“A man may claim he loves his wife. His wife will want to see the evidence. In like manner, we can talk about God all we please, but God will not be fooled. Jesus told the story of the sheep and the goats (Matthew 25:31-46) for a reason. Saying we’re Catholic does not mean we are, except in the thinnest sense. Relationships have consequences in actions. Otherwise, they’re just empty words. Our relationship with God is no exception. When Jesus asks Peter, “Do you love me?” and Peter answers yes, it’s no surprise that Jesus immediately follows up with: “Then feed my sheep” (John 21:17). God loves us always. We can choose to ignore that. All of the damned do. But if we claim to love him, it’s an “if/then” kind of deal, with obligations of conduct and personal honesty just like any good marriage or friendship.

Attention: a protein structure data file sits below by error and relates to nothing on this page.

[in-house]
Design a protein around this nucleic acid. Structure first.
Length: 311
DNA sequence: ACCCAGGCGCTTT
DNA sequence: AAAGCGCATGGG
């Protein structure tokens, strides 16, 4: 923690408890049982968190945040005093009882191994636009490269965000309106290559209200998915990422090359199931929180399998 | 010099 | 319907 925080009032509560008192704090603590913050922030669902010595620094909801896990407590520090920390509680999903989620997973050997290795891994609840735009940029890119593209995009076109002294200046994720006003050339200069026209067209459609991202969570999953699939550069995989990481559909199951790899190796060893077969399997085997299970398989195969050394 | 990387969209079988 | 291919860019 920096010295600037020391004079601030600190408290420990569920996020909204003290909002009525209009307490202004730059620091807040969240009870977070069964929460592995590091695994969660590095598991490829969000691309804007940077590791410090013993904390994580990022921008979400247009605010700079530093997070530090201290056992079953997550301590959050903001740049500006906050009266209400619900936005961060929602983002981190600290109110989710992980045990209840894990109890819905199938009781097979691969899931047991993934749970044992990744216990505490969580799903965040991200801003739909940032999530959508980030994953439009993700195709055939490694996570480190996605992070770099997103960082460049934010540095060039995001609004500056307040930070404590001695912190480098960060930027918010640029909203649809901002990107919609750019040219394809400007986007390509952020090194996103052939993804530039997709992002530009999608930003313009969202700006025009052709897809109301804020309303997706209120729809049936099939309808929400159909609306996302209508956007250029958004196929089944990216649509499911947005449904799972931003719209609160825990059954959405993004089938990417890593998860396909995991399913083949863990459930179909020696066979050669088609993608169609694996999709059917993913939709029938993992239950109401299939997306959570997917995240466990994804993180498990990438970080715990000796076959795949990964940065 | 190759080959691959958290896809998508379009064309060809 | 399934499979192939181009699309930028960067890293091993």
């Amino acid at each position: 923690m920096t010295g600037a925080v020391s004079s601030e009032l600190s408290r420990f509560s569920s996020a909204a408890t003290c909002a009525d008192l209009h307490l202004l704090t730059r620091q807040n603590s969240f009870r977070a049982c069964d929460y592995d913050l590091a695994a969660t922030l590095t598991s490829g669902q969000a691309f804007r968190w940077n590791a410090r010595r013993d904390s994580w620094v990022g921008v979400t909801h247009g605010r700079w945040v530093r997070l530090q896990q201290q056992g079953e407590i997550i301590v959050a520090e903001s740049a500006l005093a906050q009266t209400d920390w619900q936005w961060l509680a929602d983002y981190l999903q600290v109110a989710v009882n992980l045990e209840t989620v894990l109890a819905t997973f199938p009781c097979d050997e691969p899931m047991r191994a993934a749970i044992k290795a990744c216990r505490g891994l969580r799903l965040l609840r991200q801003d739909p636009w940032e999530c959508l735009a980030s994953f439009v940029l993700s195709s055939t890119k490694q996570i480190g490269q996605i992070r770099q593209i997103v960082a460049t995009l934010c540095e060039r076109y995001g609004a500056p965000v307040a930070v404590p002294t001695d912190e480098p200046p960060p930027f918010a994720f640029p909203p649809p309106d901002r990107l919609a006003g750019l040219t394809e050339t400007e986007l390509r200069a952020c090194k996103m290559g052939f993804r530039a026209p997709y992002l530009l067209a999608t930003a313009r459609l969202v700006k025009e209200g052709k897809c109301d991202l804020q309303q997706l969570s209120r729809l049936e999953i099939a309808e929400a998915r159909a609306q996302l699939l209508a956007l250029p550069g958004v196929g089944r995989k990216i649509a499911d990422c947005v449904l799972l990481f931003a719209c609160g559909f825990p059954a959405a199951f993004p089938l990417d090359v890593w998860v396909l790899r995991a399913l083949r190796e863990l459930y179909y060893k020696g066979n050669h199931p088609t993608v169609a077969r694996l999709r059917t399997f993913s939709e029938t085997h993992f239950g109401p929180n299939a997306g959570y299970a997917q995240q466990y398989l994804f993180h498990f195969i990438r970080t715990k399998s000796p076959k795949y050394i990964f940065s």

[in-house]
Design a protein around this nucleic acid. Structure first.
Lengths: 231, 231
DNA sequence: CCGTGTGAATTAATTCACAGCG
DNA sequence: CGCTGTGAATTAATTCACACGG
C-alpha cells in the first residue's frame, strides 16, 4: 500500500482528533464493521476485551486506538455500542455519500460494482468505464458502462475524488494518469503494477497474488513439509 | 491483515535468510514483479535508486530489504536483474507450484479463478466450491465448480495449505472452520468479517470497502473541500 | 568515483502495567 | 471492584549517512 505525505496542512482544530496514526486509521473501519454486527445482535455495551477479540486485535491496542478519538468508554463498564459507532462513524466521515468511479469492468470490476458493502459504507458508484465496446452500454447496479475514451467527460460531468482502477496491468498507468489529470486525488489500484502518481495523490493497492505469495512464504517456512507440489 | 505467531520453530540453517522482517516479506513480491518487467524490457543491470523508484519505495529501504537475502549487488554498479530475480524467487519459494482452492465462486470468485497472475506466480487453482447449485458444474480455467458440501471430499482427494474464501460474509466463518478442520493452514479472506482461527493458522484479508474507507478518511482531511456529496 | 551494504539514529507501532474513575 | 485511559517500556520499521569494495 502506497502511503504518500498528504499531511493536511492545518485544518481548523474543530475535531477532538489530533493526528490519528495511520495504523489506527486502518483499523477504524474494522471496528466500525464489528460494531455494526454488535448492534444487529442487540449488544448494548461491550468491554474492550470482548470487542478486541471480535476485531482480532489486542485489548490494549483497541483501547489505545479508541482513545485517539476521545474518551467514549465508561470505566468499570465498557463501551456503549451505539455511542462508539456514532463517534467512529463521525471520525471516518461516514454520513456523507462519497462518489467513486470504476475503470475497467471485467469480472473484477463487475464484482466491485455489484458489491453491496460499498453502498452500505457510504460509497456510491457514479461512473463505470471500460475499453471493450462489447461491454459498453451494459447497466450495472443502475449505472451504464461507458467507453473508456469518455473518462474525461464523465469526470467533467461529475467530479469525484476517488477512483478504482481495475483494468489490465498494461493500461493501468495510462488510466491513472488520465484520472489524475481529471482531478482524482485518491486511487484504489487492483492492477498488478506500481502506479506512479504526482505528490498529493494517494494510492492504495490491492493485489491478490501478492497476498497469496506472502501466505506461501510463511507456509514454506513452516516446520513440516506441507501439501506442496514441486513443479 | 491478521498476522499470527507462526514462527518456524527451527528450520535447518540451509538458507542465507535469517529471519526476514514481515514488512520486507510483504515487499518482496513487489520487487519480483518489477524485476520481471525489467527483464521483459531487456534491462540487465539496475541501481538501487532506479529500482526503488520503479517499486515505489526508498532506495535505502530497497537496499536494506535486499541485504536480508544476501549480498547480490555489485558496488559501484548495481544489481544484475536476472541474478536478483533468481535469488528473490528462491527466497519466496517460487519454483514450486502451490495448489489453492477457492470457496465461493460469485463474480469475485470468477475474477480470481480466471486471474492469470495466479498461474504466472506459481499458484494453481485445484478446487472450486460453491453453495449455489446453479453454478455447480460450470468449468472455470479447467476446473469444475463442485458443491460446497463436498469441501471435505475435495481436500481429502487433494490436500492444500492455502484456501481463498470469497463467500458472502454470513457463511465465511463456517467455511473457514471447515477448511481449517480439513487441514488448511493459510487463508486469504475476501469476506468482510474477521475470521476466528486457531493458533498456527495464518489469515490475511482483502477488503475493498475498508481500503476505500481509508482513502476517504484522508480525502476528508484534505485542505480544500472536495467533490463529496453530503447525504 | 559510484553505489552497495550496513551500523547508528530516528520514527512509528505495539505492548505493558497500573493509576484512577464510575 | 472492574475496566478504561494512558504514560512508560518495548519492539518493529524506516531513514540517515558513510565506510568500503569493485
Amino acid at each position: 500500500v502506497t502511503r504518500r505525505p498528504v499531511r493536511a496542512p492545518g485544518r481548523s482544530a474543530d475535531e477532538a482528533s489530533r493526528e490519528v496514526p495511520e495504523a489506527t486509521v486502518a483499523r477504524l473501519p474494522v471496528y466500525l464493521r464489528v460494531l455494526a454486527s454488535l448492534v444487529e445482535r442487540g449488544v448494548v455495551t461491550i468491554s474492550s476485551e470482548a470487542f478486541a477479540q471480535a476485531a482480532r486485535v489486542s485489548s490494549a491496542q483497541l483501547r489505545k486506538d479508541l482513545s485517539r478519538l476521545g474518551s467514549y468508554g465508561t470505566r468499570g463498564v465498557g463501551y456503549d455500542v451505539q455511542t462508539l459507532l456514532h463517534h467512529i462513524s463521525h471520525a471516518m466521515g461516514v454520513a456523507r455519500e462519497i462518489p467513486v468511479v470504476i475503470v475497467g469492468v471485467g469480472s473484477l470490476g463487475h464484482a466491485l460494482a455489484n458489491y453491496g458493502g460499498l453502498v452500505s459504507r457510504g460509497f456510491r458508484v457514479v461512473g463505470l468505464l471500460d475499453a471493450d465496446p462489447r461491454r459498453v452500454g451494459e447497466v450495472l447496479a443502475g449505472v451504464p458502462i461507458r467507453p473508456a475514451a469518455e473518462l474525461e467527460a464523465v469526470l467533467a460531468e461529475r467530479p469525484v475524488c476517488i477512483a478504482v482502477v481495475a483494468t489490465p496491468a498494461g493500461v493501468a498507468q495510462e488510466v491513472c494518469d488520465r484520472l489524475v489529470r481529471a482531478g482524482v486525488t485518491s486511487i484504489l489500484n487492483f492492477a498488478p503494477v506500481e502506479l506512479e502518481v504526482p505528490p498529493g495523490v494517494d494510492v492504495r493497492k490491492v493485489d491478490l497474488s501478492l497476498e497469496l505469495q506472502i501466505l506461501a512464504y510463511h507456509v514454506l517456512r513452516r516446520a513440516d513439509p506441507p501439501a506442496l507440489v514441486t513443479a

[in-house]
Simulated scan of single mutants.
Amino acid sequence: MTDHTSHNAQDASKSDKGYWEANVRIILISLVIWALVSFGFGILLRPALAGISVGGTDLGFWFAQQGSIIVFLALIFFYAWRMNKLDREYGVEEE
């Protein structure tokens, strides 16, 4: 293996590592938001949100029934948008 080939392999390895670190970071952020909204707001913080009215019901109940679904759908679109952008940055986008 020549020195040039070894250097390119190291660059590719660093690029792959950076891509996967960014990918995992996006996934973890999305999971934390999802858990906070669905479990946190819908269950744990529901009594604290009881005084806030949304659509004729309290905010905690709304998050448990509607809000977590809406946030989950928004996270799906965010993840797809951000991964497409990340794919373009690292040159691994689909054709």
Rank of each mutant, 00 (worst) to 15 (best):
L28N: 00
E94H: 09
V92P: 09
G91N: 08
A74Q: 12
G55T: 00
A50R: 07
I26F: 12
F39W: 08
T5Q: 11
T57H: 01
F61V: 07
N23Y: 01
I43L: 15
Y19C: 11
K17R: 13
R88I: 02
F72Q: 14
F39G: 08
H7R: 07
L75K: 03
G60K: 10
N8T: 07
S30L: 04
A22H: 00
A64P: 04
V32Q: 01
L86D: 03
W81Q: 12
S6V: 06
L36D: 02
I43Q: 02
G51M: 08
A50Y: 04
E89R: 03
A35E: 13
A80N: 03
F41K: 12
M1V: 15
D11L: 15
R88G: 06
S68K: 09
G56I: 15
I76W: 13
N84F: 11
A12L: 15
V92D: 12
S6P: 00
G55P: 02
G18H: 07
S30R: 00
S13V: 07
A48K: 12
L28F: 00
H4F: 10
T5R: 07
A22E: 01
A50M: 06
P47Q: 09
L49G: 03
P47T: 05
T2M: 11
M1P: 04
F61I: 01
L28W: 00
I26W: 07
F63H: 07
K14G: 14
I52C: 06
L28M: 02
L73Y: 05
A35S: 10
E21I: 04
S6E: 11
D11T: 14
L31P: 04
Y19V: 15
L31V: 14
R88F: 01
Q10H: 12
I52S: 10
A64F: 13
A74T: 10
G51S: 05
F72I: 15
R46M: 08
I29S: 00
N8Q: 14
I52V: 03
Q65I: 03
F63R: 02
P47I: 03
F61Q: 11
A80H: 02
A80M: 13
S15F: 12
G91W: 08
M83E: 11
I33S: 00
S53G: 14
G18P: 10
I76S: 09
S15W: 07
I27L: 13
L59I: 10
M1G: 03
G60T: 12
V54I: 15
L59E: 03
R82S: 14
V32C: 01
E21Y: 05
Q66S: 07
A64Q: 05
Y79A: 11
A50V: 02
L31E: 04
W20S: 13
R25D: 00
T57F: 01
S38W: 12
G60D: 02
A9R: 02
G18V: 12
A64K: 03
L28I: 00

The twist in loving God is that it’s not a standard “I, Thou” affair. It turns out to be an “I, Thou—and everybody else” kind of arrangement. Christian faith is not just vertical. It’s also horizontal. Since God created all human persons and guarantees their dignity by his Fatherhood, we have family duties to one another. That applies especially within the ekklesia—the community of believers we call the church—but it extends to the whole world. This means our faith has social as well as personal implications. And those social implications include the civil dimension of our shared life; in other words, the content of our politics.”
-Archbishop Charles J. Chaput, Render Unto Caesar